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drippydrop
Junior Member

USA
3 Posts

 Posted - 10/08/2007 :  21:46:52 3/(x-1)-4/x 1

uberclay
Advanced Member

Canada
159 Posts

 Posted - 10/08/2007 :  23:04:49 Since you haven't indicated where you are having a problem, I'll assume it's from the get go.Start by eliminating the denominators by multiplying through, first by x and then by (x-1).3/(x-1) - 4/x 13x/(x-1) - 4 xetc...Once you've eliminated the denominators, rearrange it so all terms are on the same side. You'll be left with a quadratic inequality, which you can factor. Then solve for the interval/s for which the original statement is true. Edited by - uberclay on 10/08/2007 23:11:11

tarragon
Advanced Member

Philippines
356 Posts

 Posted - 10/09/2007 :  12:04:51 drippydrop... In addition to what uberclay said, you have to take note that x = 1 and x = 0 must not be included in your solution set.

sahsjing
Advanced Member

USA
2399 Posts

 Posted - 10/09/2007 :  17:31:47 quote:Originally posted by drippydrop3/(x-1)-4/x 1Critical points: 0, 1Multiply each term by x(x-1).In (-infinity, 0),x(x-1)> 03x - 4(x-1) x(x-1)Then you get a general inequality to solve.In the same way, try in (0, 1) and (1, infinity).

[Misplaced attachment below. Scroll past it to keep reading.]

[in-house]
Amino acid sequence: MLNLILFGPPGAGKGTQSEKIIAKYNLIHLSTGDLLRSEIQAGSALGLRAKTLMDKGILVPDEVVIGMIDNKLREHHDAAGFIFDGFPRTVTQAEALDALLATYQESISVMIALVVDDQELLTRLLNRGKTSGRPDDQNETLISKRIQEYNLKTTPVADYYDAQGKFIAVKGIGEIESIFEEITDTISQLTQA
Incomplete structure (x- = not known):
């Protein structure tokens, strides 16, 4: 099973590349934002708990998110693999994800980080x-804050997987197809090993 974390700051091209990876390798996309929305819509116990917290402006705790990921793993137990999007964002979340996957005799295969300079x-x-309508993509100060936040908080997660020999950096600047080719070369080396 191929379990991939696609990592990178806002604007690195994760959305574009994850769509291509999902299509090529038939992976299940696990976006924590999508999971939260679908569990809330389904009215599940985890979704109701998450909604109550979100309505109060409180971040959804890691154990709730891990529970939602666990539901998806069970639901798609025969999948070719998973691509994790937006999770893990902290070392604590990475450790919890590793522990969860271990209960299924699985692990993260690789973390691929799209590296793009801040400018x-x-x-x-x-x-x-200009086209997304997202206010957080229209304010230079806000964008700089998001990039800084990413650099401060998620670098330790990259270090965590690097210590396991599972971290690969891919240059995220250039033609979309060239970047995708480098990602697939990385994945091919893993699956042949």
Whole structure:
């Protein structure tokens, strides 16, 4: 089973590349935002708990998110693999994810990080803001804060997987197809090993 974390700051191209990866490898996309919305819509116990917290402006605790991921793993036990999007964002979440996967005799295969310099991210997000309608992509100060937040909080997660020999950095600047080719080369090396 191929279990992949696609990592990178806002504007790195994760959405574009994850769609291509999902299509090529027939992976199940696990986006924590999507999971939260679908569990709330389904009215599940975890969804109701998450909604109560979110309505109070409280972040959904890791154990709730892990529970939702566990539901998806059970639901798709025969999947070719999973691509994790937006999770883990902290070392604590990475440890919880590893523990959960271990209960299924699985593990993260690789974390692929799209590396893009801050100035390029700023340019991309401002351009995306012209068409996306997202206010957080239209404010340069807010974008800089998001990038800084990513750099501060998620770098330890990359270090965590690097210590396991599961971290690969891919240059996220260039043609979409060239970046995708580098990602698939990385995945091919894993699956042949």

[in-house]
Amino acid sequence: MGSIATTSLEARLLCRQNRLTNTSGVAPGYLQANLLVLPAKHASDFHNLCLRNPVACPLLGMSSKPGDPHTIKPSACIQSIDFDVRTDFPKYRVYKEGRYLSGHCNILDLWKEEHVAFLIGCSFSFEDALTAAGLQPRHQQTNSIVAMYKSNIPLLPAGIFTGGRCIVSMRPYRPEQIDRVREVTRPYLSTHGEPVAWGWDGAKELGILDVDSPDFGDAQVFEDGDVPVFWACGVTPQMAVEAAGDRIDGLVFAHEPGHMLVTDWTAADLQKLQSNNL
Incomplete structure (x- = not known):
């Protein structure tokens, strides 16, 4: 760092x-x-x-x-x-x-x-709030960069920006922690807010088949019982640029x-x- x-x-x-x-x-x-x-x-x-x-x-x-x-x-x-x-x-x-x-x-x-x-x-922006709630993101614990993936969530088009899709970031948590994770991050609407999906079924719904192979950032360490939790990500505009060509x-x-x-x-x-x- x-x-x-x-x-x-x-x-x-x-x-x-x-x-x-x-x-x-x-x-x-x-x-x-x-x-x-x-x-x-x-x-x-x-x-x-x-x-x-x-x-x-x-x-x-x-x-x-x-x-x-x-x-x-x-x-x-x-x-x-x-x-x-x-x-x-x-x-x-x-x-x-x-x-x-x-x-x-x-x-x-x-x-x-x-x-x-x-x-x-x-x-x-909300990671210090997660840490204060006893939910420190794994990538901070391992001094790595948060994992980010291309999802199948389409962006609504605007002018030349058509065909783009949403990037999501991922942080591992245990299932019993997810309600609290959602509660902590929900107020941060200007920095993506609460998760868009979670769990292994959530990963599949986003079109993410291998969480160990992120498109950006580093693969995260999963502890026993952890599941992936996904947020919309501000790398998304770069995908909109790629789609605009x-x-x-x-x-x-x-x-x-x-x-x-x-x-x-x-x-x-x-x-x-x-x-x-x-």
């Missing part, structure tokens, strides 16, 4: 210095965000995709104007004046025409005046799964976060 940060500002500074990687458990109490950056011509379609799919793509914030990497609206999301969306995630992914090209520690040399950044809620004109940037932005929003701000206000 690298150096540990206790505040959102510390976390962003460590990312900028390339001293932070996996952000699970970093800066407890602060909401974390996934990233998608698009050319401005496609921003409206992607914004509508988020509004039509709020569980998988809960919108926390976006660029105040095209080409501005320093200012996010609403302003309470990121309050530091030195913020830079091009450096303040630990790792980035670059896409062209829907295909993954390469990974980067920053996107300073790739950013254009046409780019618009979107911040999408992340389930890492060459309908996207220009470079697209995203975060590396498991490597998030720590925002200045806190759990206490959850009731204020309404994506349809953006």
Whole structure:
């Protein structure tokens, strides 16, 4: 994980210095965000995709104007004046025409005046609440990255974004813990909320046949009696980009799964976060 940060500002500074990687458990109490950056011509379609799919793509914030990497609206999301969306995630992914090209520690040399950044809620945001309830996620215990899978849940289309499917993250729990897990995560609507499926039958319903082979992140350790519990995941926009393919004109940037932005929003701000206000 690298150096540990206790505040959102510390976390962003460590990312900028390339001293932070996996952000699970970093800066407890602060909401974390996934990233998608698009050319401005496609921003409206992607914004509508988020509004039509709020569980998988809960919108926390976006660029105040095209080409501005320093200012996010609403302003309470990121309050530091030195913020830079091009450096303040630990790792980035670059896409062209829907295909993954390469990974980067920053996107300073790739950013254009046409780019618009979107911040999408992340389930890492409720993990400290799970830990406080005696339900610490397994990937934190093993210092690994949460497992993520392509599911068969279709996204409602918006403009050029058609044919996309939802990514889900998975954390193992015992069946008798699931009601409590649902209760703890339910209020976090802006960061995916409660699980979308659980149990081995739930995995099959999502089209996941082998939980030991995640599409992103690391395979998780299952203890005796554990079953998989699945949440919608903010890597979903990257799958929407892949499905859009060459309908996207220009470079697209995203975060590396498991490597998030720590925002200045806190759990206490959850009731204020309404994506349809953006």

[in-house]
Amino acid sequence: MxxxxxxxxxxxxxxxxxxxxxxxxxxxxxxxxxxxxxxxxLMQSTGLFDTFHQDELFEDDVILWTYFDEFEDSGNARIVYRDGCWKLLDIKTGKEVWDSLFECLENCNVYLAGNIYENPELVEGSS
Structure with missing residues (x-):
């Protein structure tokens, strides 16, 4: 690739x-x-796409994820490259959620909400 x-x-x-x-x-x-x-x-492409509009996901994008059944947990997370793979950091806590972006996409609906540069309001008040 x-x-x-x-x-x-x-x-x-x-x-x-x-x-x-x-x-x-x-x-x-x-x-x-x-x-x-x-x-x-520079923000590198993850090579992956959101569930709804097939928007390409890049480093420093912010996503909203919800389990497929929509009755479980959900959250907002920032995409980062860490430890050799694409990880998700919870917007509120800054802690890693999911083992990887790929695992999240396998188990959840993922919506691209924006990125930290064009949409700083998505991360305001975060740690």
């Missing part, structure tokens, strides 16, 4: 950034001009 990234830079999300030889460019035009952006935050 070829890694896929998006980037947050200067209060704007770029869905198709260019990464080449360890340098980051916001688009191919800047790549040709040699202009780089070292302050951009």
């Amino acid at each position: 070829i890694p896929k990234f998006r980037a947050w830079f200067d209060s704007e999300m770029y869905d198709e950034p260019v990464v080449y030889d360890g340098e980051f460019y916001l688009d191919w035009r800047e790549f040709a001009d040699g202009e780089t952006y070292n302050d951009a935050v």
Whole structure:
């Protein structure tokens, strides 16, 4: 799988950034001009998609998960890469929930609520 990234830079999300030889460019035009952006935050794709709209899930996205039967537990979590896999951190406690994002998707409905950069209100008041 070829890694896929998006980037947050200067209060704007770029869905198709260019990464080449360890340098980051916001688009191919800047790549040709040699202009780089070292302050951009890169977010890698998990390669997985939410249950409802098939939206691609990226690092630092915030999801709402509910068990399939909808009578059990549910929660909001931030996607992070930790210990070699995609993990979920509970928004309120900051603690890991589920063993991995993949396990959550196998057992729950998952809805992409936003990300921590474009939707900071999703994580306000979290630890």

uberclay
Advanced Member

Canada
159 Posts

 Posted - 10/09/2007 :  19:47:01 Thanks Tarragon. I forgot about stating restrictions.

tarragon
Advanced Member

Philippines
356 Posts

 Posted - 10/11/2007 :  03:15:11 To Uberclay... you're welcome.Hi... I tried solving the problem again.The problem is a very tricky one and the solution to the inequality is not easy to find. Here’s how I have done.3/(x-1)-4/x >=13/(x-1)-4/x – 1 >= 0(Get the LCD) [3x – 4(x-1) –x(x-1)] / [x(x-1)] >= 0[-x^2 + 4] / [x(x-1)] >= 0(Factoring; multiplying both sides of inequality by -1)[(x – 2)(x+2)] / [x(x-1)] <= 0Now, we need to have values of x such that the rational expression given is at most 0. To satisfy this condition, we need to analyze two cases:(1) (x – 2)(x+2) >= 0 AND x(x-1) < 0 OR(2) (x – 2)(x+2) <= 0 AND x(x-1) > 0One can verify that the solutions to these two conditions are as follows: (note that we first consider each of them separately... by the way, "inf" means infinity)(1) [-2, 2] AND (-inf, 0) or (1,+inf) OR(2) (0,1) AND (-inf, -2] or [2, +inf)By graphing each solution separately, the solution (2) is actually not possible because there are no intersections. But by looking at solution (1), the “real” solution is [-2, 0) OR (1, 2]. By combining the results of my two solutions, the solution to the inequality problem is: [-2, 0) OR (1, 2]. Edited by - tarragon on 10/11/2007 03:18:03
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